Oh, and did you grow several inches in the last year? That’s tiring, you know. You might actually NEED a little more sleep to get that done. And it’s not like you have a choice about it, either.

Our school district insists on starting high schools at the crack of dawn because (they say) there aren’t enough buses to go around. Bizarrely enough–see crazed parents, above–there are many people who prefer this schedule because it gives little Johnny or Deepak a chance to do six different after-school activities and get into M.I.T. But think about it: in order to get the 9 hours of sleep that a teenager needs on this schedule, they have to go to bed by 9 PM. Right, like that is going to happen.

At this point, when teachers email me saying that my kid is sleeping in class, I reply that yeah, it is impossible for him to get enough sleep because the school starts too early, so it’s pretty much inevitable that he’s going to fall asleep in class sometimes. There is nothing I can do about it. Is there something YOU can do about it? During school vacations, when he has three or four days to catch up on sleep, he is a different person: much more pleasant and alert.

As Doctor Mom, I am convinced that a significant component of his ADHD and depression is simple sleep deprivation.

Now about the part of the kid that really is ADHD. Many years ago, we saw a Czech psychologist whose English was somewhat limited. This led to a refreshingly succinct outlook on things. He summed up ADHD not as being unable to pay attention, but as being unwilling to pay attention to things that are boring.

I have to say, when the teenager says something is “boring,” it usually is. Algebra is really pretty boring. Quite honestly, I’d be concerned if my kid thought it was exciting. To my mind, the fact that he finds his friends, girls, movies, and online news more interesting than math homework makes perfect sense, and well, frankly reassures me that he’s not going to end up as some weird dude living in our basement and playing online Sudoku all day.

Which is not to say that sometimes you just have to do the boring stuff.  That’s life.  But I do kind of get it. With so much more interesting stuff going on, it can be hard to buckle down to doing something that seem totally irrelevant to anything and that you could a lot faster with a $3 calculator.

Our challenge, therefore, is not to get the kid interested in math, or in organizing worksheets. It is to get him to understand that life is not always interesting. Sometimes you have to do the sh**work to get what you want. Or even just to get past the sh**work and move on. It’s just life, that’s all. It’s not a big deal. Just do it already.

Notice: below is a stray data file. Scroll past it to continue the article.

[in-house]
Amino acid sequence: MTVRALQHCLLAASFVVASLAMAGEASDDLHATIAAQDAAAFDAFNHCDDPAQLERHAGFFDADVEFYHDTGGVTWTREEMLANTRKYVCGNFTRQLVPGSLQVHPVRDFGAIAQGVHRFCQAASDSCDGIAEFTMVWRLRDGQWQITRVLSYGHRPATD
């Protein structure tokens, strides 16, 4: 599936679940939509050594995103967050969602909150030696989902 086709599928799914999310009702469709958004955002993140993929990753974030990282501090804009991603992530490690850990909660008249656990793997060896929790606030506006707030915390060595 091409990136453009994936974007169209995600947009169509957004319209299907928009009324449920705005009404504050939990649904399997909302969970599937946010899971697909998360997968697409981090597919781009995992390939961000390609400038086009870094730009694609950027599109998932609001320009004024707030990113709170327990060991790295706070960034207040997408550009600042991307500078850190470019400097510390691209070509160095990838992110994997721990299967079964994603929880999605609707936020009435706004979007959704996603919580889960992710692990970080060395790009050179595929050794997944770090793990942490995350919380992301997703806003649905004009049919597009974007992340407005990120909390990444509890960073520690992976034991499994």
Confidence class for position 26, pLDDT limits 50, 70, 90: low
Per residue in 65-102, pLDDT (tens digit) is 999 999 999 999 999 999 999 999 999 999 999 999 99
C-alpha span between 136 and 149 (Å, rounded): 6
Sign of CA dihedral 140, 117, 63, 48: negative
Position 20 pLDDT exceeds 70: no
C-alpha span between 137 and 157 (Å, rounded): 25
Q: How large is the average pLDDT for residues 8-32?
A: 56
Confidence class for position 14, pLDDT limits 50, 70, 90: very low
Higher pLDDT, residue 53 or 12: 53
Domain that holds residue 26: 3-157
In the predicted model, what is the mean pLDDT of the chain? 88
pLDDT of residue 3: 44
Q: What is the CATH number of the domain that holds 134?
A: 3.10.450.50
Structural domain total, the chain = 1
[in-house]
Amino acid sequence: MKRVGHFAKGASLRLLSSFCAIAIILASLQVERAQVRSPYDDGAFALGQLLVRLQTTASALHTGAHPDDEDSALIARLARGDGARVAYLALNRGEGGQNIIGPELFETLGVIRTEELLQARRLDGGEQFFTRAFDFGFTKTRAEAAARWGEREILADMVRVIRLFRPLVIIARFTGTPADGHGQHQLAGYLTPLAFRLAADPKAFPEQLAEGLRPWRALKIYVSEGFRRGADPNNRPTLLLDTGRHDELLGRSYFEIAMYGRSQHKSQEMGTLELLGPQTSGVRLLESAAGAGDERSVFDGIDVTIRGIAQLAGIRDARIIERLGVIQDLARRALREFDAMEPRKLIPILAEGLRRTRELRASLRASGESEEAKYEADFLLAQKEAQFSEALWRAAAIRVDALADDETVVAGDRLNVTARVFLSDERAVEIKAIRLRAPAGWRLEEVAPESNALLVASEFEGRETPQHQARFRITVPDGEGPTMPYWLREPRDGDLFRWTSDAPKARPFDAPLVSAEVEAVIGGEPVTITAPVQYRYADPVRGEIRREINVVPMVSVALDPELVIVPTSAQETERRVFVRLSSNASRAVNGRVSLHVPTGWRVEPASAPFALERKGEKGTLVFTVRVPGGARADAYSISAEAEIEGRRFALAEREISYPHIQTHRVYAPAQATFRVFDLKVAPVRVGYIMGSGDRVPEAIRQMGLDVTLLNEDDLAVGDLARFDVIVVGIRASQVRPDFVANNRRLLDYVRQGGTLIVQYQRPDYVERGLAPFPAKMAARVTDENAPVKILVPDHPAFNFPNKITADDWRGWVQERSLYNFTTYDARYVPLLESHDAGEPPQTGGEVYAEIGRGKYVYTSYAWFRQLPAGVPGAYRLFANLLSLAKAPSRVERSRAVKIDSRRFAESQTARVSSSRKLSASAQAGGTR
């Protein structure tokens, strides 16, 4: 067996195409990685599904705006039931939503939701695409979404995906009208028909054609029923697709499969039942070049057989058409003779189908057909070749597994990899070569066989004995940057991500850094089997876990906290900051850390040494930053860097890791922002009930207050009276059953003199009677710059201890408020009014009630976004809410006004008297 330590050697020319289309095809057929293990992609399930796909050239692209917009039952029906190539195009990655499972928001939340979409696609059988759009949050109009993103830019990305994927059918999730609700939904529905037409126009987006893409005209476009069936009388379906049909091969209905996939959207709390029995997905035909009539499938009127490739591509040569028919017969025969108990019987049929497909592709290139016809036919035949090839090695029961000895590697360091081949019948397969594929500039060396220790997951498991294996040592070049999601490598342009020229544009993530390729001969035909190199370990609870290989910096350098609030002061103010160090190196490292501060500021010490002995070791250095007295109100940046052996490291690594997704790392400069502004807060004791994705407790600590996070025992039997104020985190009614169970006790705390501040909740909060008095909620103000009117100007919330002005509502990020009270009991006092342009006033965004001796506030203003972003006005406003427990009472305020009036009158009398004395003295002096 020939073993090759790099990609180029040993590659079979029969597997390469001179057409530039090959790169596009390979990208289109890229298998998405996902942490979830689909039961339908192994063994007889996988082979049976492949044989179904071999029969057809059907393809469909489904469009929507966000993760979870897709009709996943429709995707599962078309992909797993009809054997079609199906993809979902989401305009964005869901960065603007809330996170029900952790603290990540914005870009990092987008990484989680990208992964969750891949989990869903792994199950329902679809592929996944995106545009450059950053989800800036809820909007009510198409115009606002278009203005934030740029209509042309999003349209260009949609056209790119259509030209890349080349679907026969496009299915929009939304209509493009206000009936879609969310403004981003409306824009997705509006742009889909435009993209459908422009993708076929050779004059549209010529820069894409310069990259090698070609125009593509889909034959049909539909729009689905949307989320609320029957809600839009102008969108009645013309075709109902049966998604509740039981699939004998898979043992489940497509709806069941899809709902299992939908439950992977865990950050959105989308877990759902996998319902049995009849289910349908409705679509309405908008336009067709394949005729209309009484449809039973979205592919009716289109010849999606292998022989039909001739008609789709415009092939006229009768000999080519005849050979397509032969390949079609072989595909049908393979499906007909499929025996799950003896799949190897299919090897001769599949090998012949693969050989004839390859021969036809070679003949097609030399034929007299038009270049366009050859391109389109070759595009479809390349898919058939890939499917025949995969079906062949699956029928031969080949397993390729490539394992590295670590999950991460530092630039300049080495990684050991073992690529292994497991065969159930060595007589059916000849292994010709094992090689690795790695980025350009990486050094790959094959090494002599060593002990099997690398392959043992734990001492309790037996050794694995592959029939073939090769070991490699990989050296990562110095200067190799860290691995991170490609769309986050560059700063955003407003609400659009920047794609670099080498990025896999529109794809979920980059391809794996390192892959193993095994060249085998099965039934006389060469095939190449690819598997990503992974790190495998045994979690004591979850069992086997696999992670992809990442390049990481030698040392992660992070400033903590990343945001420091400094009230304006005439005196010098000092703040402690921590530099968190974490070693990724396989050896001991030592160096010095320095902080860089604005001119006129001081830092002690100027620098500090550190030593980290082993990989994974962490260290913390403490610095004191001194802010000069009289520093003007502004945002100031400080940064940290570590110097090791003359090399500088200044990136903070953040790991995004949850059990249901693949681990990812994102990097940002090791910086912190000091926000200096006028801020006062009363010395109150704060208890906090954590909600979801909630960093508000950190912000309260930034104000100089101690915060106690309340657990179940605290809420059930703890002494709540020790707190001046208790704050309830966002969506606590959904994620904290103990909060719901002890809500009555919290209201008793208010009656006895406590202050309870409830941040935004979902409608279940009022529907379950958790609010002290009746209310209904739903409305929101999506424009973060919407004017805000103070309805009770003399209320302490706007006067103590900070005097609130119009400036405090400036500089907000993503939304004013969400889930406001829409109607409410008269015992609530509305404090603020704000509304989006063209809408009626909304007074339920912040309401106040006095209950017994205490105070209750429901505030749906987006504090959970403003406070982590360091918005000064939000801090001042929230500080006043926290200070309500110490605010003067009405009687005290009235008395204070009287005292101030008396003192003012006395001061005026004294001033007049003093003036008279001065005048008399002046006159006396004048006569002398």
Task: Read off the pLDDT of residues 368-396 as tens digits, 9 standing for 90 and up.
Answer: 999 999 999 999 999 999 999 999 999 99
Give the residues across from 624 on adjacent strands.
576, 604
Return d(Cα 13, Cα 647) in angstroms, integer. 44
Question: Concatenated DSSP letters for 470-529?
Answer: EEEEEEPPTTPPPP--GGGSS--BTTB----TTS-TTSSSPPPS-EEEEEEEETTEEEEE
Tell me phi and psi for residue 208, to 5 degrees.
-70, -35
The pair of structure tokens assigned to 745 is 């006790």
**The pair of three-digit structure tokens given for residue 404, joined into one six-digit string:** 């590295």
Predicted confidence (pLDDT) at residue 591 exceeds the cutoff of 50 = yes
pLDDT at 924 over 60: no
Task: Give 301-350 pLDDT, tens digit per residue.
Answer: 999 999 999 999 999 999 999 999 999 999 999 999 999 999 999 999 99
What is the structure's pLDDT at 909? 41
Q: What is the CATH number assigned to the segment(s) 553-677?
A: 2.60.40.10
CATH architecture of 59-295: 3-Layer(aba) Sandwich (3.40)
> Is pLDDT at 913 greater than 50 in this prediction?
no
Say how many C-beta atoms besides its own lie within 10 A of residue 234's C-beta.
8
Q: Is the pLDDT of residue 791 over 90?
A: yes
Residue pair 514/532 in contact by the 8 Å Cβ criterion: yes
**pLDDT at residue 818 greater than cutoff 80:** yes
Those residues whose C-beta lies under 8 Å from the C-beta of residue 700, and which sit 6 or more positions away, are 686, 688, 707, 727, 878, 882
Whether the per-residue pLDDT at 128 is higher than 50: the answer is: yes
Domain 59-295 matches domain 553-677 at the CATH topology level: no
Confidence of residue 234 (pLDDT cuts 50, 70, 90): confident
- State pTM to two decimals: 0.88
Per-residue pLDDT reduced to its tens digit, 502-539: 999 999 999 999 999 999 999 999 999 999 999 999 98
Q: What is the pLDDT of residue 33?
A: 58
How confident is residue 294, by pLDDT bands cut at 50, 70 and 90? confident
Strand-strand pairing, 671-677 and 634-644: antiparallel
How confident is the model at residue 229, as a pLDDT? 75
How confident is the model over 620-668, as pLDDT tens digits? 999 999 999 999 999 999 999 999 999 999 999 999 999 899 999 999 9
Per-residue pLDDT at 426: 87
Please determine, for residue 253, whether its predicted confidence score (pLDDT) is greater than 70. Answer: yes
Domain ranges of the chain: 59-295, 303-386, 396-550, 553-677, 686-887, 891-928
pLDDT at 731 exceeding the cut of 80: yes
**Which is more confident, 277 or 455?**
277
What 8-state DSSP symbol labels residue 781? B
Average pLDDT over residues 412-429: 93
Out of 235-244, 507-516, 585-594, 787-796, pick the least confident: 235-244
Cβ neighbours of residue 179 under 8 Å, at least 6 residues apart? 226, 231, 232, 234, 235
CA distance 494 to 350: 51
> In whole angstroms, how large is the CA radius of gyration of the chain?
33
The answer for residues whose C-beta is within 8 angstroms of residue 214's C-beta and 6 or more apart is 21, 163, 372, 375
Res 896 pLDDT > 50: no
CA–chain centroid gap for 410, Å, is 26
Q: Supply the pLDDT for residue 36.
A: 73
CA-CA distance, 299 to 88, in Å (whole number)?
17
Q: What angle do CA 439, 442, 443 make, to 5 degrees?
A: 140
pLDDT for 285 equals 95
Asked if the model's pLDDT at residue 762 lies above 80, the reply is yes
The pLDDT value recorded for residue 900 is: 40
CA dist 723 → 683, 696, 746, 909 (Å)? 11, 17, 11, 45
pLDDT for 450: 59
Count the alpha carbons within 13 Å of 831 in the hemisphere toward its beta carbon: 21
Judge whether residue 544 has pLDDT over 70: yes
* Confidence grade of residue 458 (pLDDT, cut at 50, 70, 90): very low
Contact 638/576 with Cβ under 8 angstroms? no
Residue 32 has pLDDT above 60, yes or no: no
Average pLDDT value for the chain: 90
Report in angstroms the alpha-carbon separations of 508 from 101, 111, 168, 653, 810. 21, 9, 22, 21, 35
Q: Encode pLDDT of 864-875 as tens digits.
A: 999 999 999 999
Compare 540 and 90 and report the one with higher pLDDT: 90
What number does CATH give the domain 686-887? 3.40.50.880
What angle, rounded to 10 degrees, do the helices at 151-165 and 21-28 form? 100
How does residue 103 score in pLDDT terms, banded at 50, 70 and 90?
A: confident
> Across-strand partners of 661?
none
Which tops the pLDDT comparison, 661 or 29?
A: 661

For some reason—presumably ADHD, because his older sister “got it” right away— this kid just hasn’t grasped that yet. Another word for this is immaturity. I have always suspected that ADHD was a fancy word for immaturity, anyway.

The Czech psychologist had a theory that more Americans are ADHD than other nationalities because we are largely the descendants of the ones who got bored and up and left. Well, OK. So, let’s see, Foreign Service people are the ones who found even the new place boring and so signed up to move to a different country every two-three years. Gee, do you think they might have a few ADHD kids?

Finally, as a postscript, we’ve got hormones going on. Oh boy, do we ever. The kid is 15. He is almost the size of his dad. He’s been shaving for over a year now. Strangers always think he is older than he is. There is a Lot Going On. It’s got to be distracting. And then there are the girls. Who are, frankly, quite forward, nowadays. You remember freshman year. Some guys look 17, and some look 12. But most of the girls look and act at least their age. The math is not difficult. It’s been a long year.

So, that’s what I’ve been thinking about, as my kid becomes a pariah in the international schools community before even getting to post.

And, as we face the possibility that we might not be leaving for post as planned (but yet we have to move because we’ve already sold our house!) we’ve been talking about how we might be able to take this as an opportunity to improve our son’s environment in order to give him a better shot at success. All options are on the table, from moving to a different school district with a saner schedule and possibly better special ed services, to using the money we’re saving by dumping our big mortgage to pay for private school.